Credit insurance for domestic buyers and sellers is available in the United States, Canada, Mexico, and most European countries. It is sold only to manufacturers, wholesalers, and certain service agencies, not to retailers. The insurance is designed to enable the seller to recover a certain percentage of losses from insolvency of the debtor, but the contracts list a number of conditions under which the creditor may initiate a claim regardless of the question of insolvency. The policy is designed primarily to meet the needs of those sellers whose business is concentrated on a few buyers, insolvency of any one of which would seriously jeopardize the financial stability of the seller.
Export credit insurance
A special form of credit insurance is available to exporters against losses from both commercial and political risks. In the United States, for example, export credit insurance is written through a consortium of insurance companies organized by the Foreign Credit Insurance Association (FCIA). The Export-Import Bank of the United States assumes the ultimate liability for loss, while the FCIA serves as the underwriting agency. Coverage is usually limited to 90 or 95 percent of the account. Prior approval from the FCIA is usually required before export credit insurance is granted. In some cases, the exporter is required to purchase coverage on all credit sales in a given country as a device to reduce adverse selection.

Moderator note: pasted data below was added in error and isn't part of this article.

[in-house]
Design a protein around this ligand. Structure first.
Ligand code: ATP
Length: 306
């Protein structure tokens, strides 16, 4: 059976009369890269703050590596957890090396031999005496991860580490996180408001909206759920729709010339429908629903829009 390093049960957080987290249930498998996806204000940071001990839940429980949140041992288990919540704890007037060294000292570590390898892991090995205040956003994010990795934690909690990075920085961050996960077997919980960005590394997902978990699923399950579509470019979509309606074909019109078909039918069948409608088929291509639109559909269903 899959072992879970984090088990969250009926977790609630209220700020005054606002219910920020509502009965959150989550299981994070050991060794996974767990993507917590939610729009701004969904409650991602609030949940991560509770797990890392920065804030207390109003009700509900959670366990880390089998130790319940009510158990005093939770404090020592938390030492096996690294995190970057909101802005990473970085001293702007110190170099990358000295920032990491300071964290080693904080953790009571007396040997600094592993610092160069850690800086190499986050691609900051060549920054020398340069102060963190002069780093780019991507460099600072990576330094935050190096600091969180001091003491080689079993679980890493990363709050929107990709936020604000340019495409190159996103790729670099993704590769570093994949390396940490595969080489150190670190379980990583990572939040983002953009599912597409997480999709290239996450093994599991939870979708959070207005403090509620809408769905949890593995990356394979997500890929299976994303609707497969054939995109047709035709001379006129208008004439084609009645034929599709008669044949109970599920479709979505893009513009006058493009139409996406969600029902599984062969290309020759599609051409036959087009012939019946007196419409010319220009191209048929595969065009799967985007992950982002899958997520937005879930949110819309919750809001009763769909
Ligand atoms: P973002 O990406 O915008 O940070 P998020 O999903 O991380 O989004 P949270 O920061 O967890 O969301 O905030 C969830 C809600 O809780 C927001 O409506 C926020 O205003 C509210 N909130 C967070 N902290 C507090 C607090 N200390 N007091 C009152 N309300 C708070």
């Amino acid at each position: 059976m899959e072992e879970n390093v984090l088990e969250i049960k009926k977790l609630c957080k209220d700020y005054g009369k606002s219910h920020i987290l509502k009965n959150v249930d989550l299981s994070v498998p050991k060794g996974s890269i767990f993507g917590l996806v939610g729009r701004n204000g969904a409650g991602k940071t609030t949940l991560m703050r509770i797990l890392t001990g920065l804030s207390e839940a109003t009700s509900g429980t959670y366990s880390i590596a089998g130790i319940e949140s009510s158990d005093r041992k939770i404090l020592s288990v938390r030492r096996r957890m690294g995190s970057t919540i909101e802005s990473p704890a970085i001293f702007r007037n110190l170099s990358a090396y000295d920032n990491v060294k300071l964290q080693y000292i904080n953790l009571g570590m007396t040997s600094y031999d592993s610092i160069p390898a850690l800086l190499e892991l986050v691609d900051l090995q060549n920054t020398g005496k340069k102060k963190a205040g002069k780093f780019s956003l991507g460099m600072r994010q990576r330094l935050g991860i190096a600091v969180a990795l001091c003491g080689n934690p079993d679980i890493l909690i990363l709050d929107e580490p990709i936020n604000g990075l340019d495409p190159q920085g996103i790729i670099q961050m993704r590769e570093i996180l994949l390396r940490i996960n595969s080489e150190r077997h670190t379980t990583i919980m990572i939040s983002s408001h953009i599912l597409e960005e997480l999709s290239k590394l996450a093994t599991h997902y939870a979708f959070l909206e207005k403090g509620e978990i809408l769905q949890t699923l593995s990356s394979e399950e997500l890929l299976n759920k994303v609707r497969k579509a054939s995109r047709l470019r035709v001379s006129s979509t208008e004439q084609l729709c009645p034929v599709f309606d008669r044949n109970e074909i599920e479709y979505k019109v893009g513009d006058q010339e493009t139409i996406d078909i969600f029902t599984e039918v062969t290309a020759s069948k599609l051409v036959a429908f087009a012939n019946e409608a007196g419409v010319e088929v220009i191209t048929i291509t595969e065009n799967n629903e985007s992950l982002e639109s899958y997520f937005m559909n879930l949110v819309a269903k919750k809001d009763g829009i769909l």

Export credit insurance is used more widely in some countries than in others. In the United Kingdom approximately one-quarter of all export sales are covered, compared with about 6 percent in the United States. Export sales are not eligible for insurance if they are made for cash or financed directly or indirectly through government-guaranteed loans.
Title insurance is a contract guaranteeing the purchaser of real estate against loss from undiscovered defects in the title to property that has been purchased. Such loss may stem from unmarketability of the property because of defective title or from costs incurred to cure defects of the title.
The need for title insurance arises from the fact that real estate transactions are complex and technical. Any legal error, no matter how detailed or minute, may cause a defect in the title that impairs its marketability. Examples of such defects are forgeries, invalid or undiscovered wills, defective probate proceedings, or transfers of property by persons lacking full legal capacity to contract.
Special casualty forms are issued to cover the hazards of sudden explosions from equipment such as steam boilers, compressors, electric motors, flywheels, air tanks, furnaces, and engines. Boiler and machinery insurance has several distinctive features. A substantial portion of the premium collected is used for inspection services rather than loss protection. Second, the boiler policy provides that its coverage will be in excess of any other applicable insurance. In this sense, it may be looked upon as an “umbrella policy” to fill in gaps in the insured’s program. Third, the policy lists the specific losses that will be paid, such as the loss of the boiler or machinery itself due to accident, expediting expenses, property damage liability, bodily injury liability, defense settlement and supplementary payments, business interruption, outage (interruption of service), power interruption, consequential loss due to spoilage of goods, and furnace explosion. The policy will satisfy each of these claims in the order in which they appear, up to the limit of the coverage.
The extensive use of plate glass in modern architecture has produced a special comprehensive insurance that covers not only plate glass but glass signs, motion-picture screens, halftone screens and lenses, glass bricks, glass doors, and so forth. It may be written to cover loss from any source except fire or nuclear radiation.